Physlets run in a Java-enabled browser, except Chrome, on the latest Windows & Mac operating systems. If Physlets do not run, click here for help updating Java & setting Java security.
Illustration 7.3: Potential Energy Diagrams
Please wait for the animation to completely load.
A large 2-N/m spring is shown attached to a 1-kg red ball that is initially displaced 5 m (position is given in meters, time is given in seconds, and energy on the bar graph is given in joules). The total energy and the potential energy are shown in the graph. Two bar graphs that depict the kinetic and potential energy are also shown. Finally, the values of the energy are shown in the table. Restart.
The potential energy diagram is an important diagram because it depicts the potential energy function, often just called the potential. This terminology is unfortunate since it can lead to confusion with the electric potential. The potential energy function is plotted vs. position, and therefore it tells you the potential energy of an object if you know its position. The potential energy function for a mass on a spring is just PE(x) = 0.5*k*x2. Here PE(x) = x2. Note that, depending on your text, you may have seen the potential energy function represented as either V(x) or U(x). We use the book-independent version PE(x). In addition to the potential energy function, a horizontal teal line represents the total energy of the system.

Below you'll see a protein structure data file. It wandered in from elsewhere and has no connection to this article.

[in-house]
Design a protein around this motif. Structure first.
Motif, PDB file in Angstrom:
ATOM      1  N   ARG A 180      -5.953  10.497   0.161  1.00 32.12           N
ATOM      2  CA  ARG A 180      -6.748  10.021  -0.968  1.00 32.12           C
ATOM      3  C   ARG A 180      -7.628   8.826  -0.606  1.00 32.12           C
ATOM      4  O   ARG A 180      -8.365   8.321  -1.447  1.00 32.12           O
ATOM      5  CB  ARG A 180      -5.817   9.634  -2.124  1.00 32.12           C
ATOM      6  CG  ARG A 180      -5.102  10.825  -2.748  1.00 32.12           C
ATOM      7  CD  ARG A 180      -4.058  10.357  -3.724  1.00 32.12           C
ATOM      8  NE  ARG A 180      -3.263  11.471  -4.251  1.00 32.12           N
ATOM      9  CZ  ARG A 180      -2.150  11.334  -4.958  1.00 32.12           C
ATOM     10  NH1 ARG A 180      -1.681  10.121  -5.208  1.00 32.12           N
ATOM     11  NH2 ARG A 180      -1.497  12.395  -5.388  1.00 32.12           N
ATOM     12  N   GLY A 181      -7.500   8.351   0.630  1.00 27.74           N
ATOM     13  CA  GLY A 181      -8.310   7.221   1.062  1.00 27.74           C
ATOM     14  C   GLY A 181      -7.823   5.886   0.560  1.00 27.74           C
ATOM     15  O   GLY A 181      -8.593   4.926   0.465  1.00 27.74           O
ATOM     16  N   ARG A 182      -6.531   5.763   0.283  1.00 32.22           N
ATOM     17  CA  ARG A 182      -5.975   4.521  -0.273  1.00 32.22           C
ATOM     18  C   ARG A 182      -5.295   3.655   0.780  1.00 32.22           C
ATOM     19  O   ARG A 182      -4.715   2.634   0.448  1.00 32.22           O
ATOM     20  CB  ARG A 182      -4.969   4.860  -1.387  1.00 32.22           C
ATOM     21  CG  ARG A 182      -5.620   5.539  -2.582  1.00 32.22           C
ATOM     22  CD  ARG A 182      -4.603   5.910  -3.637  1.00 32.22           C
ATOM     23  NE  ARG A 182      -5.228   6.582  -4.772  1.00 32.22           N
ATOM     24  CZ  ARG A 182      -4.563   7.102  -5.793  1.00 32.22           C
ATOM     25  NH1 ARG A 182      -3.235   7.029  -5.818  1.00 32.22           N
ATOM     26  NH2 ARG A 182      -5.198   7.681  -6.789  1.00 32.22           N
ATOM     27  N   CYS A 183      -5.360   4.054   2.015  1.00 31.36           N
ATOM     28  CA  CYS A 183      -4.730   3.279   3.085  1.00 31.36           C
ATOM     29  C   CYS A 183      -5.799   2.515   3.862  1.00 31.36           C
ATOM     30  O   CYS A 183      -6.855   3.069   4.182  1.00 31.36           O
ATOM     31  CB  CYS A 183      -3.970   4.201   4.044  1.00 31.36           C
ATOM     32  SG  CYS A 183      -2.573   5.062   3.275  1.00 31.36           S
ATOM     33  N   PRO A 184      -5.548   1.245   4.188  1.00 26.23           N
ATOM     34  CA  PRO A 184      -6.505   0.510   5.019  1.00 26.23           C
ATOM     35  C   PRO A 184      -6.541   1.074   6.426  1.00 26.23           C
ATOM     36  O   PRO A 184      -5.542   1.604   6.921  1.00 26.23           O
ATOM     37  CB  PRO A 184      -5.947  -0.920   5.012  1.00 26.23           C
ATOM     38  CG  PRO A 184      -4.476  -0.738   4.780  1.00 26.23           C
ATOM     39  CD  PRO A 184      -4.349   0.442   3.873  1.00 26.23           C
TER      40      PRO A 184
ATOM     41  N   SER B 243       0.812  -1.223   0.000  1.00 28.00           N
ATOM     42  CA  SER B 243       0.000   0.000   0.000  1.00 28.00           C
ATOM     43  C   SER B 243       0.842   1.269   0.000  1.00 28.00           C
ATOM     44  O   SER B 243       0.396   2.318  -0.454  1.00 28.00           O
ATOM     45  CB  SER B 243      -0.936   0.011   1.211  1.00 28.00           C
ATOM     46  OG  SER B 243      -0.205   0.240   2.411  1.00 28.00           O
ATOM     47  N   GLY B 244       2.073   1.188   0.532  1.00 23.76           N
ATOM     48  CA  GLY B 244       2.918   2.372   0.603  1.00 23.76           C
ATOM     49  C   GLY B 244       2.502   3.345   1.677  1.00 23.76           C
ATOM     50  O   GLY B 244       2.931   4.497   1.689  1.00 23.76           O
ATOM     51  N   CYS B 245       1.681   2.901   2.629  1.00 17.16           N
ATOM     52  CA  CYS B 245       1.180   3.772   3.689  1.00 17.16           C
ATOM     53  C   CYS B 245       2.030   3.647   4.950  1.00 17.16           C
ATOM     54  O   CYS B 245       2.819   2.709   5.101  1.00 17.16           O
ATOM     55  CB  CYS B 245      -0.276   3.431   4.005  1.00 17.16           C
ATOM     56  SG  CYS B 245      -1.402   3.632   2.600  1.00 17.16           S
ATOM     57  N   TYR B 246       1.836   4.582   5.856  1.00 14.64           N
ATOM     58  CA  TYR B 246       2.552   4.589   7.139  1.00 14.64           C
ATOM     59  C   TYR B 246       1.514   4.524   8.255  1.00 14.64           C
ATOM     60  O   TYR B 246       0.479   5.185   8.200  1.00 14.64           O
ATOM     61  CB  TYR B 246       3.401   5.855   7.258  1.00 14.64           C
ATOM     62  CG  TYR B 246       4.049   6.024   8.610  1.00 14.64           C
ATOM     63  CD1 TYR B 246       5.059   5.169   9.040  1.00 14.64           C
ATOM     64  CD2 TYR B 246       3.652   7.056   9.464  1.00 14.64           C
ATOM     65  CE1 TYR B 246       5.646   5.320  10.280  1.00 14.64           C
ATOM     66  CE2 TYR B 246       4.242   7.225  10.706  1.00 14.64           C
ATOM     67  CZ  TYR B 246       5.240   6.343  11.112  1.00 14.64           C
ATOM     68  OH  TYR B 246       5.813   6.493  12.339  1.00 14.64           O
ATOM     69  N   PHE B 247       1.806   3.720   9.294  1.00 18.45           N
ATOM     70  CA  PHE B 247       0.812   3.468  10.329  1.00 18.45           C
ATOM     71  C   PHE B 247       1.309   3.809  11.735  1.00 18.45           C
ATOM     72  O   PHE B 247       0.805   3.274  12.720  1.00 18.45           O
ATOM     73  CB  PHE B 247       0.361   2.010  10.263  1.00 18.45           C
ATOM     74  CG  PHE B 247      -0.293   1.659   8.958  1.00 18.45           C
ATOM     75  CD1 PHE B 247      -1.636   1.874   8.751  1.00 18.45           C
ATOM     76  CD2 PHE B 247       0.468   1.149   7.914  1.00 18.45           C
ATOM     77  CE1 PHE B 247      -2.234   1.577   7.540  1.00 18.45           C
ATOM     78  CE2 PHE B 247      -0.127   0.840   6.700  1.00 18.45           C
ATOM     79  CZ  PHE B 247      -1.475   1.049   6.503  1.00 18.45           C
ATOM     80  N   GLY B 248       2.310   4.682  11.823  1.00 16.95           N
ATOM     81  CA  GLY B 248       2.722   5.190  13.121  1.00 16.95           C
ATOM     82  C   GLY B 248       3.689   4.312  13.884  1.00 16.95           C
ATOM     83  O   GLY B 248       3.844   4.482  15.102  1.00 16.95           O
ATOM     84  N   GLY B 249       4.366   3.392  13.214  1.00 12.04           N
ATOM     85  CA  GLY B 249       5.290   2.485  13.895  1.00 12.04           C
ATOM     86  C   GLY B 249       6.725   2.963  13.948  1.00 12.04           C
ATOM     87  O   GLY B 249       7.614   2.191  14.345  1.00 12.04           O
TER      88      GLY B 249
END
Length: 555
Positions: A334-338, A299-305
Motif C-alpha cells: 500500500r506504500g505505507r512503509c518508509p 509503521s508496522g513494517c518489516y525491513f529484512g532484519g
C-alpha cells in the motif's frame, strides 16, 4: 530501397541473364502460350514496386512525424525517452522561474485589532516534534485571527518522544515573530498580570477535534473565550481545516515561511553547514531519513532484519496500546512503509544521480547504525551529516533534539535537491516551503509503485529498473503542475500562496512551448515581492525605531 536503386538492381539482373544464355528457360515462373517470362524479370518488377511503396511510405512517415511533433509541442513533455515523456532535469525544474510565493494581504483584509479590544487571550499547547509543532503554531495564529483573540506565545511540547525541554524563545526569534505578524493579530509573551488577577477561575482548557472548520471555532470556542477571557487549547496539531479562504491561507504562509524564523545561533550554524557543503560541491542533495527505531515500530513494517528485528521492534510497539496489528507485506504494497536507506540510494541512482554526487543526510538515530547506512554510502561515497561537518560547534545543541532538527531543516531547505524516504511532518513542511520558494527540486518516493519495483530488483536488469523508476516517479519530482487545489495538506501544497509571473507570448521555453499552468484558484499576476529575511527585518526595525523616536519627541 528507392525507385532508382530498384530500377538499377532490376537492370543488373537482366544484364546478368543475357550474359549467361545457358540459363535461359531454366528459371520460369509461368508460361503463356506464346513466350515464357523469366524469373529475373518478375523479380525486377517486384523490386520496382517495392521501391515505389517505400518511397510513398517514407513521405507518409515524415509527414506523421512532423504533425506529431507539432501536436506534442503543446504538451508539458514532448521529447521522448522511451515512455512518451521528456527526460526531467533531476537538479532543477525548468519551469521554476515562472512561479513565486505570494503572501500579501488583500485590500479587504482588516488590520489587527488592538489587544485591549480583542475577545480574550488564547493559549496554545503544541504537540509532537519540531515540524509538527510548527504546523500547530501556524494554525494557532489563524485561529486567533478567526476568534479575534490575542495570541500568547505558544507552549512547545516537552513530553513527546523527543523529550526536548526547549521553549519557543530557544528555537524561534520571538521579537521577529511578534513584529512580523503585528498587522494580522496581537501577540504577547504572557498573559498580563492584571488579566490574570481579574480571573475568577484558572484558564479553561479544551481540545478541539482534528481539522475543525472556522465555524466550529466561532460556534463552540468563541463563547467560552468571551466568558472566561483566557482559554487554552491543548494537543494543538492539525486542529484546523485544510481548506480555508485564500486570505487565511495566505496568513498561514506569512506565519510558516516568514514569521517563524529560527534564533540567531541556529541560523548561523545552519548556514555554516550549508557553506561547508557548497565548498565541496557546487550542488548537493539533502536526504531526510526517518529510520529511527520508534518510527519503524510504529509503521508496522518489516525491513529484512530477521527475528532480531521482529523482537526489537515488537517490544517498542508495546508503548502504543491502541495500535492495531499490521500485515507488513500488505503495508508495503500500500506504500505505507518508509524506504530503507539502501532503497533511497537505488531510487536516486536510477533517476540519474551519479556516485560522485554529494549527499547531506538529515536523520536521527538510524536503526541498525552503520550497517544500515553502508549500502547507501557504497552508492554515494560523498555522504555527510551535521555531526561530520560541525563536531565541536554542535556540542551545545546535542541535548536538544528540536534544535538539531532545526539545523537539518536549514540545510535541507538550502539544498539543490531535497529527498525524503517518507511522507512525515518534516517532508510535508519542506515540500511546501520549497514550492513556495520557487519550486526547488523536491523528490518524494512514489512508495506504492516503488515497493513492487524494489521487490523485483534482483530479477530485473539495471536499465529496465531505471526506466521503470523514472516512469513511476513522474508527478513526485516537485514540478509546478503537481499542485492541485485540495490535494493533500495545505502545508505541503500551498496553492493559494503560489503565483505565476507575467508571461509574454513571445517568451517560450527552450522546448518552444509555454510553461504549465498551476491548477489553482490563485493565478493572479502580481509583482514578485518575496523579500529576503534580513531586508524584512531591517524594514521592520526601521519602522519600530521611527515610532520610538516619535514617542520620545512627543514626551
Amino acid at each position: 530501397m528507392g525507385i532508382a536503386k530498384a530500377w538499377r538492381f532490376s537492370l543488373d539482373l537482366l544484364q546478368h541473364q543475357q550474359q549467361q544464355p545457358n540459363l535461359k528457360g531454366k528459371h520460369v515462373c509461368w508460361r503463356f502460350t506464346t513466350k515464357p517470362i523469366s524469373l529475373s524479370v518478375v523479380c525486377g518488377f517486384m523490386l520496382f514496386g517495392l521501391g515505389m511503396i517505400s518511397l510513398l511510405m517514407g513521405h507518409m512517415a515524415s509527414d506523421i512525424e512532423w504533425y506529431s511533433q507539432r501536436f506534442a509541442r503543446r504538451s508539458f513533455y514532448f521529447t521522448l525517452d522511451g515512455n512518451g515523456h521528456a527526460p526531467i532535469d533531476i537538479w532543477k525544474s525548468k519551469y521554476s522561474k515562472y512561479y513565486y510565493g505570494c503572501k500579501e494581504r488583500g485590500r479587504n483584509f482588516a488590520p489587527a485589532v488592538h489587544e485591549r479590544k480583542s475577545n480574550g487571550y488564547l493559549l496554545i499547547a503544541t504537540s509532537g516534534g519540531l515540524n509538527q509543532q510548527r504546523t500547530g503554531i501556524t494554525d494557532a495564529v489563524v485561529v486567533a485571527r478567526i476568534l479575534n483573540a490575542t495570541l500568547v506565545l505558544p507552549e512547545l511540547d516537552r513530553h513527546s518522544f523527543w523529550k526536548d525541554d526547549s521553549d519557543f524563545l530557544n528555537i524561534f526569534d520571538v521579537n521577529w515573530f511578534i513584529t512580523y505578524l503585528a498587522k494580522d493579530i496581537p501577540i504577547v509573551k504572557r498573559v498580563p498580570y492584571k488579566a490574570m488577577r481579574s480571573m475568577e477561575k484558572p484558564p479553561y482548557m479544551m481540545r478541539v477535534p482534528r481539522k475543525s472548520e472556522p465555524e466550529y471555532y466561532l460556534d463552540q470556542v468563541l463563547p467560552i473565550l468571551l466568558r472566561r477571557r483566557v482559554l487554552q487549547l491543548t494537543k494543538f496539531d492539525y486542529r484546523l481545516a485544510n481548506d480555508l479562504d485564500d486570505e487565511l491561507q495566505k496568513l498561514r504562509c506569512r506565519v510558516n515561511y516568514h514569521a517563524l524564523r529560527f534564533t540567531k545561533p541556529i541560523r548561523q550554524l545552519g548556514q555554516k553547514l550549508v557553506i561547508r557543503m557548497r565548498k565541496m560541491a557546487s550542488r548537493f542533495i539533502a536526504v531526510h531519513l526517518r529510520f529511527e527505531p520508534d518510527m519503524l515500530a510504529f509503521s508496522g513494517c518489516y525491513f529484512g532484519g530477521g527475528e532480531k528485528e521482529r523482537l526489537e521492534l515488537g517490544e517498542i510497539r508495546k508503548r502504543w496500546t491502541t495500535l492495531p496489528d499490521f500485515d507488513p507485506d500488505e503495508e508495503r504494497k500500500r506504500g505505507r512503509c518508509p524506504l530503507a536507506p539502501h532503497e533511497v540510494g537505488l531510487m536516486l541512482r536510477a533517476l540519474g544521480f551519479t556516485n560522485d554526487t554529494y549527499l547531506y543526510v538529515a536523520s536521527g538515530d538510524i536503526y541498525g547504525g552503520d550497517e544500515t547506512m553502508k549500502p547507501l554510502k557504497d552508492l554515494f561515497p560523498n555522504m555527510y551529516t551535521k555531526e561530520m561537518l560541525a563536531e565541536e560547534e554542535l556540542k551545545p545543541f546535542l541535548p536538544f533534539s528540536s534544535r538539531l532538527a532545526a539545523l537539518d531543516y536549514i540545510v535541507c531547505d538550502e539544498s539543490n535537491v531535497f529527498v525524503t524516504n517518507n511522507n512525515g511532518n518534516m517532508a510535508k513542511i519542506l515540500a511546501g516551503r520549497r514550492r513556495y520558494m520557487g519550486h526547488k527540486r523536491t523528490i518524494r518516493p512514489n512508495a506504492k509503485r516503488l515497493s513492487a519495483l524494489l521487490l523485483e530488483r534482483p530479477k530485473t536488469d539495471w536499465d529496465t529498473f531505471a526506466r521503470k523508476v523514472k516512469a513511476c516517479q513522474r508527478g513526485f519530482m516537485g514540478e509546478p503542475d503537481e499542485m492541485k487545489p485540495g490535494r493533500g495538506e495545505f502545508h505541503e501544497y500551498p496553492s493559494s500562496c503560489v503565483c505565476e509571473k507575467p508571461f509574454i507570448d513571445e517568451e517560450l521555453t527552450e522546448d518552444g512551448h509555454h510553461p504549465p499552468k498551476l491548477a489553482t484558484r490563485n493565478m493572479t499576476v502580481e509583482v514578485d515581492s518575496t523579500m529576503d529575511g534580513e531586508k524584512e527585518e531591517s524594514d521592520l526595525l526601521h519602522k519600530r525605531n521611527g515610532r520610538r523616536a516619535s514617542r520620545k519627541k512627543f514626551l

Because of the form of the above potential energy function, it is easy to get confused as to what it is actually showing and what it represents. If you have not done so already, run the animation. The red dot on the potential energy curve does NOT represent the actual motion of a particle on a bowl or roller coaster. In other words, it does NOT represent the two-dimensional motion of an object. It represents the one-dimensional motion of an object, here the one-dimensional motion of a mass attached to a spring. The motion of the red mass is limited to between the turning points represented by where the total energy is equal to the potential energy.
Now also show the kinetic energy on the graph. Watch the kinetic energy and potential change as the mass moves and the spring ceases to be stretched and then gets compressed. Notice that the potential energy added to the kinetic energy always adds up to the total energy. Therefore, if you know the total energy and the potential energy function, you know the kinetic energy of the object at any position in its motion.
Clearly, the force depicted is a spring force. How can we be sure? Well, there is a relationship between the force and the potential energy function. This relationship is expressed as Fx = - d (PE)/dx. Therefore, since PE(x) = x2, Fx = - 2 x, which tells us that k = 2 N/m (as stated in the first line of the Illustration).